Rimer v. State of Nevada ex rel Nevada Department of Corrections et al

Filing 258

ORDER Granting Defendants' 235 Motion for Summary Judgment. The Clerk of Court is instructed to close this case. Signed by Judge Richard F. Boulware, II on 9/21/017. (Copies have been distributed pursuant to the NEF - SLD)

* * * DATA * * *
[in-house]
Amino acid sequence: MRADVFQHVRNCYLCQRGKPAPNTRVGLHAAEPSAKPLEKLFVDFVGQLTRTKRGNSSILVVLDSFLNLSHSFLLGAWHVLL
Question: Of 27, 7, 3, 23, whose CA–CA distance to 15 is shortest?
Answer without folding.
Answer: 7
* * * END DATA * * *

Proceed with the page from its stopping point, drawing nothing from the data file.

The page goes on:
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1 2 3 4 5 6 UNITED STATES DISTRICT COURT 7 DISTRICT OF NEVADA 8 *** 9 Stanley Rimer, 10 Plaintiff, 11 12 Case No. 2:14-cv-00889-RFB-CWH v. ORDER Defendant’s Motion for Summary Judgment, ECF No. 235 Dwight Neven, et al. 13 Defendants. 14 I. 15 Before the Court is Defendants’ Motion for Summary Judgment (ECF No. 235). For the 16 INTRODUCTION reasons stated below, the Court Grants Defendants’ motion. 17 II. 18 Plaintiff’s Amended Complaint, filed on June 30, 2014, alleges six causes of action against 19 24 defendants. Subsequent to this Court’s screening order and decision on the Motion to Dismiss 20 in this case, the following causes of action against the following defendants remain: a claim for 21 deliberate indifference to serious medical need, in violation of the Eighth Amendment, pursuant 22 to 42 U.S.C. 1983, against Defendants Dwight Neven, Harold Wickham, Jennifer Nash, Timothy 23 Filson, Frank Dreesen, Jerry Howell, Joseph Hanson, Romeo Aranas, Cynthia Sablica, and Linda 24 Adams. BACKGROUND 25 Defendants filed their Motion for Summary Judgment on January 30, 2017. (ECF No. 235). 26 Plaintiff was granted an extension of time to respond until April 6, 2017. (ECF No. 243). Plaintiff 27 did not file a Response at that time, and instead filed another Motion to Extend Time to Respond 28 (ECF No. 245), which Defendants opposed. Plaintiff’s Reply to that opposition also included 1 responsive arguments to the Motion for Summary Judgment (ECF No. 247). The Court granted 2 the Motion to Extend Time, and construed Plaintiff’s Reply (ECF No. 247) as, additionally, a 3 Response to the Motion for Summary Judgment. 4 On July 14, 2017, the Court held a hearing as to Defendants’ Motion for Summary 5 Judgment. 6 III. 7 Summary judgment is appropriate when the pleadings, depositions, answers to 8 interrogatories, and admissions on file, together with the affidavits, if any, show “that there is no 9 genuine dispute as to any material fact and the movant is entitled to judgment as a matter of law.” 10 Fed. R. Civ. P. 56(a); accord Celotex Corp. v. Catrett, 477 U.S. 317, 322 (1986). In ruling on a 11 motion for summary judgment, the court views all facts and draws all inferences in the light most 12 favorable to the nonmoving party. Johnson v. Poway Unified Sch. Dist., 658 F.3d 954, 960 (9th 13 Cir. 2011). LEGAL STANDARD 14 Where the party seeking summary judgment does not have the ultimate burden of 15 persuasion at trial, it “has both the initial burden of production and the ultimate burden of 16 persuasion on a motion for summary judgment.” Nissan Fire & Marine Ins. Co., Ltd. v. Fritz 17 Companies, Inc., 210 F.3d 1099, 1102 (9th Cir. 2000). “In order to carry its [initial] burden of 18 production, the moving party must either produce evidence negating an essential element of the 19 nonmoving party’s claim or defense or show that the nonmoving party does not have enough 20 evidence of an essential element to carry its ultimate burden of persuasion at trial.” Id. If the 21 movant has carried its initial burden, “the nonmoving party must produce evidence to support its 22 claim or defense.” Id. at 1103. In doing so, the nonmoving party “must do more than simply show 23 that there is some metaphysical doubt as to the material facts . . . . Where the record taken as a 24 whole could not lead a rational trier of fact to find for the nonmoving party, there is no genuine 25 issue for trial.” Scott v. Harris, 550 U.S. 372, 380 (2007) (alteration in original) (internal quotation 26 marks omitted). However, the ultimate burden of persuasion on a motion for summary judgment 27 rests with the moving party, who must convince the court that no genuine issue of material fact 28 exists. Nissan Fire, 210 F.3d at 1102. -2- 1 IV. 2 The Court incorporates its findings of undisputed facts articulated during the hearing on 3 UNDISPUTED FACTS July 14, 2017. 4 Plaintiff is an inmate in the custody of the Nevada Department of Corrections (“NDOC”) 5 and is currently housed at Lovelock Correctional Center in Lovelock, Nevada. On or about May 6 17, 2013, while housed at High Desert State Prison in Indian Springs, Nevada, Plaintiff submitted 7 a “third request for dental treatment” complaining of an abscessed tooth and/or broken crown. In 8 response to that request, prison dental staff informed Plaintiff that they had not received any other 9 kites or requests related to the requested treatment, and that Plaintiff would be seen by the dental 10 provider in the order in which his request was received. 11 On July 4, 2013, Plaintiff submitted another request for dental treatment stating that he had 12 “teeth that need repaired, filling, crown.” In response to Plaintiff’s July 4, 2013 request, prison 13 dental staff informed Plaintiff that he would be seen when his name came up chronologically on 14 the list of prisoner requests. 15 On July 16, 2013, Plaintiff was examined and treated by Defendant Hanson, a dentist 16 employed by the NDOC at High Desert. During the July 16, 2013 appointment, Dr. Hanson 17 extracted Plaintiff’s tooth. On July 17, 2013, Plaintiff submitted another request for dental 18 treatment stating that he needed a filling for a molar. On July 30, 2013, Plaintiff was again 19 examined by Dr. Hanson. During the July 30, 2013 appointment, Dr. Hanson determined that 20 Plaintiff’s tooth was non-restorable, and offered to extract it. Plaintiff declined the offer. 21 Plaintiff submitted a first and second-level grievance for not receiving adequate care 22 related to his dental issues. The first-level grievance responder found that Mr. Rimer had been 23 examined by medical staff on multiple occasions in 2013. His second-level grievance was denied 24 by Dr. Aranas on December 26, 2013, based on his having been seen by a dental provider twice in 25 July 2013. 26 Dr. Aranas also examined Plaintiff twice in 2012, in response to complaints about a 27 ringing/pulsating noise in his ear, as well as a skin condition. In each instance, Dr. Aranas 28 determined there was no need for treatment. During an August 2012 examination, he tested -3- 1 Plaintiff’s blood pressure and found it to be within acceptable limits. 2 On or about January 23, 2014, Plaintiff was transferred to Lovelock Correctional Center. 3 Plaintiff’s Amended Complaint asserts that he was treated with beta blockers in February 2014 at 4 Lovelock, for his ear ringing, and was told that his blood pressure was the cause. Rimer also asserts 5 that he was subjected to psychological damage from being prescribed Risperdal. 6 7 8 V. DISCUSSION A. Legal Standards 1. Eighth Amendment 9 The Eighth Amendment’s prohibition against cruel and unusual punishment protects 10 prisoners not only from inhumane methods of punishment but also from inhumane conditions of 11 confinement. Morgan v. Morgensen, 465 F.3d 1041, 1045 (9th Cir. 2006), opinion amended on 12 reh’g, No. 04-35608, 2006 WL 3437344 (9th Cir. Nov. 30, 20016). “A prisoner claiming an Eighth 13 Amendment violation [for conditions of confinement] must show: (1) that the deprivation he 14 suffered was objectively, sufficiently serious; and (2) that prison officials were deliberately 15 indifferent to his safety in allowing the deprivation to take place.” Id. (internal citations and 16 quotation marks omitted). “Although the routine discomfort inherent in the prison setting is 17 inadequate to satisfy the objective prong of an Eighth Amendment inquiry, those deprivations 18 denying the minimal civilized measure of life’s necessities are sufficiently grave to form the basis 19 of an Eighth Amendment violation.” Johnson v. Lewis, 217 F.3d 726, 731 (9th Cir. 2000). “Prison 20 officials have a duty to ensure that prisoners are provided adequate shelter, food, clothing, 21 sanitation, medical care, and personal safety,” and the “circumstances, nature, and duration of a 22 deprivation of these necessities must be considered in determining whether a constitutional 23 violation has occurred.” Id. 24 2. Qualified Immunity 25 “The doctrine of qualified immunity protects government officials from liability for civil 26 damages insofar as their conduct does not violate clearly established statutory or constitutional 27 rights of which a reasonable person would have known.” Pearson v. Callahan, 555 U.S. 223, 231 28 (2009). Qualified immunity is an immunity from suit rather than a defense to liability, and “ensures -4- 1 that officers are on notice their conduct is unlawful before being subjected to suit.” Tarabochia v. 2 Adkins, 766 F.3d 1115, 1121 (9th Cir. 2014). In deciding whether officers are entitled to qualified 3 immunity, courts consider, taking the facts in the light most favorable to the nonmoving party, 4 whether (1) the facts show that the officer’s conduct violated a constitutional right, and (2) if so, 5 whether that right was clearly established at the time. See id. Under the second prong, courts 6 “consider whether a reasonable officer would have had fair notice that the action was unlawful.” 7 Id. at 1125 (internal quotation marks omitted). While a case directly on point is not required in 8 order for a right to be clearly established, “existing precedent must have placed the statutory or 9 constitutional question beyond debate.” Ashcroft v. al-Kidd, 131 S.Ct. 2074, 2083 (2011). This 10 ensures that the law has given officials fair warning that their conduct is unconstitutional. Further, 11 the right must be defined at “the appropriate level of generality… [the court] must not allow an 12 overly generalized or excessively specific construction of the right to guide [its] analysis.” 13 Cunningham v. Gates, 229 F.3d 1271, 1288 (9th Cir. 2000); see also al-Kidd, 131 S.Ct. at 2084. 14 The plaintiff bears the burden of proving that the right was clearly established. Id. at 1125. 15 B. Discussion 16 Plaintiff alleges that Defendants were deliberately indifferent to his serious medical and 17 dental needs. Specifically, Plaintiff alleges that Defendants ignored his requests for treatment, for 18 two and a half months, regarding dental pain, a blood pressure condition, and a skin condition. 19 1. Dr. Hanson 20 Defendants argue that Dr. Hanson, an NDOC dental provider who attended to Plaintiff, is 21 entitled to summary judgment on the merits of the Eighth Amendment claim, as well as on the 22 basis of lack of personal participation, and qualified immunity. 23 Plaintiff’s allegations related to Dr. Hanson are that Plaintiff submitted a legal notice to 24 him in July 2013 regarding his inability to obtain dental treatment; that Dr. Hanson “refused to 25 address treatment for Plaintiff’s second molar and bleeding gums” at a July 17, 2013 appointment; 26 that he did not offer to do a filling or root canal on July 30, 2013; and that Dr. Hanson coordinated 27 efforts to deny Plaintiff’s grievances. 28 The Ninth Circuit has established a two-part test for deliberate indifference to a serious -5- 1 medical need: First, the plaintiff must establish a serious medical need, meaning that failure to 2 treat the condition could result in “significant injury or the unnecessary and wanton infliction of 3 pain.” Peralta v. Dillard, 744 F.3d 1076, 1081 (9th Cir. 2014) (citing Jett v. Penner, 439 F.3d 1091, 4 1096 (9th Cir. 2006)). Second, the plaintiff must demonstrate the defendant’s deliberate 5 indifference to the need, meaning that the prison official “knows of and disregards an excessive 6 risk to inmate health.” Id. The defendant’s indifference must be intentional. Jett, 439 F.3d at 1096. 7 Further, the plaintiff must show that harm resulted from the defendant’s indifference. Id. 8 “[A] difference of opinion between a prisoner-patient and prison medical authorities 9 regarding treatment does not give rise to a 1983 claim.” Franklin v. State of Or., 662 F.2d 1337, 10 1344 (9th Cir. 1981). To the extent Plaintiff claims Dr. Hanson violated his rights by offering to 11 extract his tooth rather than provide a root canal, based on his assessment of the appropriate 12 medical options available, a difference of opinion in terms of Plaintiff’s view of the availability of 13 a root canal remedy does not establish a valid Eighth Amendment claim. Plaintiff has admitted 14 that Dr. Hanson did offer to extract his tooth, upon a determination that it was not restorable, and 15 therefore he was not deliberately indifferent to any serious medical need. 16 Alternatively, the Court finds that Dr. Hanson would be entitled to qualified immunity. 17 Plaintiff has not point to any clearly established precedent that would show that declining to 18 provide Plaintiff’s requested treatment, subsequent to a medical examination, would violate 19 Plaintiff’s Eighth Amendment rights, and the Court is not aware of any such precedent. In fact, 20 pursuant to Franklin, supra, Plaintiff has not raised any constitutional violation on Dr. Hanson’s 21 part. 22 Plaintiff also argues that Dr. Hanson is culpable for the denial or his grievances, and a 2.5- 23 month delay in responding to his grievance. Dr. Hanson has stated in an affidavit that he was not 24 involved in the process of coordinating or responding to inmate grievances, and Plaintiff has 25 presented no evidence that he was personally involved in that process. 26 Therefore, the Court grants summary judgment in favor of Defendant Hanson. 27 2. Dr. Aranas 28 Defendant Aranas is an NDOC medical provider and NDOC Medical Director. Plaintiff -6- 1 alleges that Dr. Aranas failed to act in response to Plaintiff’s dental grievances; that sometime in 2 2012 Dr. Aranas examined Plaintiff but provided no treatment or testing for a ringing or pulsating 3 ear noise Plaintiff experienced; and that Dr. Aranas was involved in coordinating efforts to deny 4 Plaintiff’s grievances. 5 The undisputed evidence shows that Dr. Aranas did examine Plaintiff, and conduct a test 6 of Plaintiff’s blood pressure, in response to the complaints about ringing in his ear. Dr. Aranas 7 determined that no treatment was necessary. This does not amount to deliberate medical 8 indifference under the Eighth Amendment and Section 1983. Plaintiff has also presented no 9 evidence that harm resulted from this course of treatment. He has merely alleged that different 10 doctors, at a different facility, decided on a different assessment and course of treatment. Plaintiff 11 has presented no evidence of Dr. Aranas’ involvement in coordinating review of grievances. 12 Therefore, the Court grants summary judgment in favor or Dr. Aranas. 13 3. Nurses Adams and Sablica 14 Plaintiff alleges that Nurses Adams and Sablica were the staff receiving Plaintiff’s kites 15 for medical and dental treatment, and that they refused to schedule appointments for Plaintiff’s 16 dental needs promptly. 17 The undisputed evidence shows that Nurse Adams responded to four informal-level 18 medical or dental grievances submitted by Plaintiff. She denied two on the basis of Plaintiff having 19 already received or been offered treatment for the complaint specified in his grievance. She denied 20 a grievance related to medication that he had been taking for over a year, for which he had an 21 opportunity to discuss the prescription with staff; and granted a grievance concerning a 22 prescription he needed for a blood pressure medication. 23 The undisputed evidence shows that Nurse Sablica reviewed one of the grievances related 24 to Plaintiff wanting to discontinue a medication, Risperdal, based on her determination that 25 Plaintiff had consented to take the medication in June 2011, had agreed to a dosage increase in 26 September 2011, and had the right to refuse or stop taking the medication at any time. 27 Therefore, the undisputed evidence shows no deliberate indifference or unconstitutional 28 response to Plaintiff’s grievances. At the hearing on this motion, Plaintiff raised arguments about -7- 1 a 2.5-month delay in response to one of his grievances about his medical condition. Such a delay 2 alone does not suffice to create a claim for deliberate indifference to a serious medical need, 3 particularly when all of Plaintiff’s grievances were responded to and addressed in the order in 4 which they were submitted, relative to other inmates’ requests. 4. Warden and Associate Warden Defendants: Neven, Wickham, Nash, Filson, 5 Dreesen, Howell 6 7 Remaining Defendants are custodial staff who were solely responsible for screening 8 grievances for procedural defects. Plaintiff’s general allegations that these Defendants failed to act 9 or intervene to provide him with dental or medical care do not amount to a claim of a constitutional 10 deprivation. There is no evidence or specific allegation as to these Defendants tampering with or 11 deliberately ignoring Plaintiff’s grievances, and on the undisputed facts, they were not responsible 12 for providing any medical or dental treatment. Plaintiff only generally alleges delays in receiving 13 treatment. 14 In the alternative, Defendants Neven, Wickham, Nash, Filson, Dreesen, and Howell are 15 entitled to qualified immunity, as Plaintiff has not established that they violated any of his clearly 16 established constitutional rights. Therefore, the Court grants summary judgment in favor of the remaining warden 17 18 defendants. 19 ... 20 ... 21 ... 22 ... 23 ... 24 ... 25 ... 26 ... 27 ... 28 ... -8- 1 VI. CONCLUSION 2 Plaintiff has raised no evidence to contradict the evidentiary representations of Defendants. 3 On the basis of the undisputed factual record, Plaintiff’s claims against all Defendants fail; 4 furthermore, all Defendants are, in the alternative, entitled to qualified immunity, as Plaintiff has 5 not established that they violated any of his clearly established constitutional rights. 6 Therefore, the Court GRANTS Defendant’s Motion for Summary Judgment. ECF No. 235. 7 The Clerk of Court is instructed to close this case. 8 9 DATED: September 21, 2017. 10 _________ RICHARD F. BOULWARE, II United States District Judge 11 12 13 14 15 16 17 18 19 20 21 22 23 24 25 26 27 28 -9-